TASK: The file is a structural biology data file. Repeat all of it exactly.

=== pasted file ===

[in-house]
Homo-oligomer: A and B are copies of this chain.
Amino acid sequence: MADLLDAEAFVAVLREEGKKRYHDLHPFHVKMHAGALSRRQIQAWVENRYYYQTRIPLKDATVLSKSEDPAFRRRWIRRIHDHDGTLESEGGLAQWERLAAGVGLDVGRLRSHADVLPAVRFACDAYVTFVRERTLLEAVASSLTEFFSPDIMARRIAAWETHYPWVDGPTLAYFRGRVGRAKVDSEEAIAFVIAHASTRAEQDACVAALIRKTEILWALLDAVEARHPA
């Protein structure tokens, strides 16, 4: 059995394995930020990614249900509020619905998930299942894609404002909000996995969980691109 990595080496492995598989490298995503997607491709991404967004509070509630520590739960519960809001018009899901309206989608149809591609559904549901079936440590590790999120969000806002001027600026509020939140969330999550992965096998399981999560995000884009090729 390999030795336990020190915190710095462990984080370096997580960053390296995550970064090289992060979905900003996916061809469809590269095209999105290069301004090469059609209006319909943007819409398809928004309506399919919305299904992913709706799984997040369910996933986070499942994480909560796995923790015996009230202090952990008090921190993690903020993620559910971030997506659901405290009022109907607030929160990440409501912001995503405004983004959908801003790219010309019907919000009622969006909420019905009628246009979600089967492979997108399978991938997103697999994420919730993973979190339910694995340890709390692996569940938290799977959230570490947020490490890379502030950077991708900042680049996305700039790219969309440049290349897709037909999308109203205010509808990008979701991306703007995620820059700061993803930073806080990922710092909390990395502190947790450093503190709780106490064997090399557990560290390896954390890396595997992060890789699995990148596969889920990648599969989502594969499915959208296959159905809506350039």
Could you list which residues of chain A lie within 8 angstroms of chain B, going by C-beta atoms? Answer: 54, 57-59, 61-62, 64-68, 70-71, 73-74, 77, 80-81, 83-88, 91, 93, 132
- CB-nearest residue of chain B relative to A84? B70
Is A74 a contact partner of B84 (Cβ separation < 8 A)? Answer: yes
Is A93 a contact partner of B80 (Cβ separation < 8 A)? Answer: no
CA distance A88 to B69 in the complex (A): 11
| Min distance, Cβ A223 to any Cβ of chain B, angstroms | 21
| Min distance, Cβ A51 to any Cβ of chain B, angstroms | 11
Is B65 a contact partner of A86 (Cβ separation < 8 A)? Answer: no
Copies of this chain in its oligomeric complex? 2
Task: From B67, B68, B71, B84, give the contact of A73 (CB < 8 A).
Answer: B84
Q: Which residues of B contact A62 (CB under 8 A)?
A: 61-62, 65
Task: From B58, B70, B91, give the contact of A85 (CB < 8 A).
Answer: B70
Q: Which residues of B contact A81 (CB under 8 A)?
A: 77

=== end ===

[in-house]
Homo-oligomer: A and B are copies of this chain.
Amino acid sequence: MADLLDAEAFVAVLREEGKKRYHDLHPFHVKMHAGALSRRQIQAWVENRYYYQTRIPLKDATVLSKSEDPAFRRRWIRRIHDHDGTLESEGGLAQWERLAAGVGLDVGRLRSHADVLPAVRFACDAYVTFVRERTLLEAVASSLTEFFSPDIMARRIAAWETHYPWVDGPTLAYFRGRVGRAKVDSEEAIAFVIAHASTRAEQDACVAALIRKTEILWALLDAVEARHPA
């Protein structure tokens, strides 16, 4: 059995394995930020990614249900509020619905998930299942894609404002909000996995969980691109 990595080496492995598989490298995503997607491709991404967004509070509630520590739960519960809001018009899901309206989608149809591609559904549901079936440590590790999120969000806002001027600026509020939140969330999550992965096998399981999560995000884009090729 390999030795336990020190915190710095462990984080370096997580960053390296995550970064090289992060979905900003996916061809469809590269095209999105290069301004090469059609209006319909943007819409398809928004309506399919919305299904992913709706799984997040369910996933986070499942994480909560796995923790015996009230202090952990008090921190993690903020993620559910971030997506659901405290009022109907607030929160990440409501912001995503405004983004959908801003790219010309019907919000009622969006909420019905009628246009979600089967492979997108399978991938997103697999994420919730993973979190339910694995340890709390692996569940938290799977959230570490947020490490890379502030950077991708900042680049996305700039790219969309440049290349897709037909999308109203205010509808990008979701991306703007995620820059700061993803930073806080990922710092909390990395502190947790450093503190709780106490064997090399557990560290390896954390890396595997992060890789699995990148596969889920990648599969989502594969499915959208296959159905809506350039």
Could you list which residues of chain A lie within 8 angstroms of chain B, going by C-beta atoms? Answer: 54, 57-59, 61-62, 64-68, 70-71, 73-74, 77, 80-81, 83-88, 91, 93, 132
- CB-nearest residue of chain B relative to A84? B70
Is A74 a contact partner of B84 (Cβ separation < 8 A)? Answer: yes
Is A93 a contact partner of B80 (Cβ separation < 8 A)? Answer: no
CA distance A88 to B69 in the complex (A): 11
| Min distance, Cβ A223 to any Cβ of chain B, angstroms | 21
| Min distance, Cβ A51 to any Cβ of chain B, angstroms | 11
Is B65 a contact partner of A86 (Cβ separation < 8 A)? Answer: no
Copies of this chain in its oligomeric complex? 2
Task: From B67, B68, B71, B84, give the contact of A73 (CB < 8 A).
Answer: B84
Q: Which residues of B contact A62 (CB under 8 A)?
A: 61-62, 65
Task: From B58, B70, B91, give the contact of A85 (CB < 8 A).
Answer: B70
Q: Which residues of B contact A81 (CB under 8 A)?
A: 77